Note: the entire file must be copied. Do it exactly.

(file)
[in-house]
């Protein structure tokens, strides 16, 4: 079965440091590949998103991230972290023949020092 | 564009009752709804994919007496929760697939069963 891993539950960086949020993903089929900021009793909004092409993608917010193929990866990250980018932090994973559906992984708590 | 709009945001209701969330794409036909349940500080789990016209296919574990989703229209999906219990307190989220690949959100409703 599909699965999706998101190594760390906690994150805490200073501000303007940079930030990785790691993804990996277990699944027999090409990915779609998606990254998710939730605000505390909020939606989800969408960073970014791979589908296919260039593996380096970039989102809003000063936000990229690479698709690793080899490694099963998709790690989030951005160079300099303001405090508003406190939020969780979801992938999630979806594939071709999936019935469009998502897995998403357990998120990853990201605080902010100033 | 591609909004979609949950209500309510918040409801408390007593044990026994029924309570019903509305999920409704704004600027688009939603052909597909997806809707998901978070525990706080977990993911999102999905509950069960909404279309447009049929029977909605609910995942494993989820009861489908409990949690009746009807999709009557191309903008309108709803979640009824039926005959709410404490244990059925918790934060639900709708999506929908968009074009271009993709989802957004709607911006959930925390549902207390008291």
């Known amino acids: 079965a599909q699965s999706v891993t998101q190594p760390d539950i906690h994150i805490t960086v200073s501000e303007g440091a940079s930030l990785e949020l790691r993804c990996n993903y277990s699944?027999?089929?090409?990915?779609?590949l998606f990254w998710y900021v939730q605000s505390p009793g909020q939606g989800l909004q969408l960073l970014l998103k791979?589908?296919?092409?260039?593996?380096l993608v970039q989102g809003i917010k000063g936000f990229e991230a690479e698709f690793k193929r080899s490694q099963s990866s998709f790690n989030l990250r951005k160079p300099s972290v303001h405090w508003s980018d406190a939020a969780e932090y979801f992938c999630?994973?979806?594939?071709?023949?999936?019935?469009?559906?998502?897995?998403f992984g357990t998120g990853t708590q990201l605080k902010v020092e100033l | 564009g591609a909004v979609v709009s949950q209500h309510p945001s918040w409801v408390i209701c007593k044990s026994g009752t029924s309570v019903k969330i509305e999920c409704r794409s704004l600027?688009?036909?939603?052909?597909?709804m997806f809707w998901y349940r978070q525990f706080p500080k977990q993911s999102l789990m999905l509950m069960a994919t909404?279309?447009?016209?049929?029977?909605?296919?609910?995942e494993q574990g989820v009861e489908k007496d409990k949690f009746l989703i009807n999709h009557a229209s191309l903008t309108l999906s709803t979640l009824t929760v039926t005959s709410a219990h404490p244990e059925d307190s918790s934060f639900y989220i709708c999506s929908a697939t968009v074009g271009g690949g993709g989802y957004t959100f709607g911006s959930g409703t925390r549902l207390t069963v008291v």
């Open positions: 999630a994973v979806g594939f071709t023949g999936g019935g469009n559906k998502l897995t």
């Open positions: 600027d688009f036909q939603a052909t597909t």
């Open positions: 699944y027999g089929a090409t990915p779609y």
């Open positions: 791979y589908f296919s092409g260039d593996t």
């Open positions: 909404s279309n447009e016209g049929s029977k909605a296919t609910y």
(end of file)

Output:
[in-house]
């Protein structure tokens, strides 16, 4: 079965440091590949998103991230972290023949020092 | 564009009752709804994919007496929760697939069963 891993539950960086949020993903089929900021009793909004092409993608917010193929990866990250980018932090994973559906992984708590 | 709009945001209701969330794409036909349940500080789990016209296919574990989703229209999906219990307190989220690949959100409703 599909699965999706998101190594760390906690994150805490200073501000303007940079930030990785790691993804990996277990699944027999090409990915779609998606990254998710939730605000505390909020939606989800969408960073970014791979589908296919260039593996380096970039989102809003000063936000990229690479698709690793080899490694099963998709790690989030951005160079300099303001405090508003406190939020969780979801992938999630979806594939071709999936019935469009998502897995998403357990998120990853990201605080902010100033 | 591609909004979609949950209500309510918040409801408390007593044990026994029924309570019903509305999920409704704004600027688009939603052909597909997806809707998901978070525990706080977990993911999102999905509950069960909404279309447009049929029977909605609910995942494993989820009861489908409990949690009746009807999709009557191309903008309108709803979640009824039926005959709410404490244990059925918790934060639900709708999506929908968009074009271009993709989802957004709607911006959930925390549902207390008291």
């Known amino acids: 079965a599909q699965s999706v891993t998101q190594p760390d539950i906690h994150i805490t960086v200073s501000e303007g440091a940079s930030l990785e949020l790691r993804c990996n993903y277990s699944?027999?089929?090409?990915?779609?590949l998606f990254w998710y900021v939730q605000s505390p009793g909020q939606g989800l909004q969408l960073l970014l998103k791979?589908?296919?092409?260039?593996?380096l993608v970039q989102g809003i917010k000063g936000f990229e991230a690479e698709f690793k193929r080899s490694q099963s990866s998709f790690n989030l990250r951005k160079p300099s972290v303001h405090w508003s980018d406190a939020a969780e932090y979801f992938c999630?994973?979806?594939?071709?023949?999936?019935?469009?559906?998502?897995?998403f992984g357990t998120g990853t708590q990201l605080k902010v020092e100033l | 564009g591609a909004v979609v709009s949950q209500h309510p945001s918040w409801v408390i209701c007593k044990s026994g009752t029924s309570v019903k969330i509305e999920c409704r794409s704004l600027?688009?036909?939603?052909?597909?709804m997806f809707w998901y349940r978070q525990f706080p500080k977990q993911s999102l789990m999905l509950m069960a994919t909404?279309?447009?016209?049929?029977?909605?296919?609910?995942e494993q574990g989820v009861e489908k007496d409990k949690f009746l989703i009807n999709h009557a229209s191309l903008t309108l999906s709803t979640l009824t929760v039926t005959s709410a219990h404490p244990e059925d307190s918790s934060f639900y989220i709708c999506s929908a697939t968009v074009g271009g690949g993709g989802y957004t959100f709607g911006s959930g409703t925390r549902l207390t069963v008291v």
């Open positions: 999630a994973v979806g594939f071709t023949g999936g019935g469009n559906k998502l897995t």
């Open positions: 600027d688009f036909q939603a052909t597909t």
């Open positions: 699944y027999g089929a090409t990915p779609y």
């Open positions: 791979y589908f296919s092409g260039d593996t």
């Open positions: 909404s279309n447009e016209g049929s029977k909605a296919t609910y």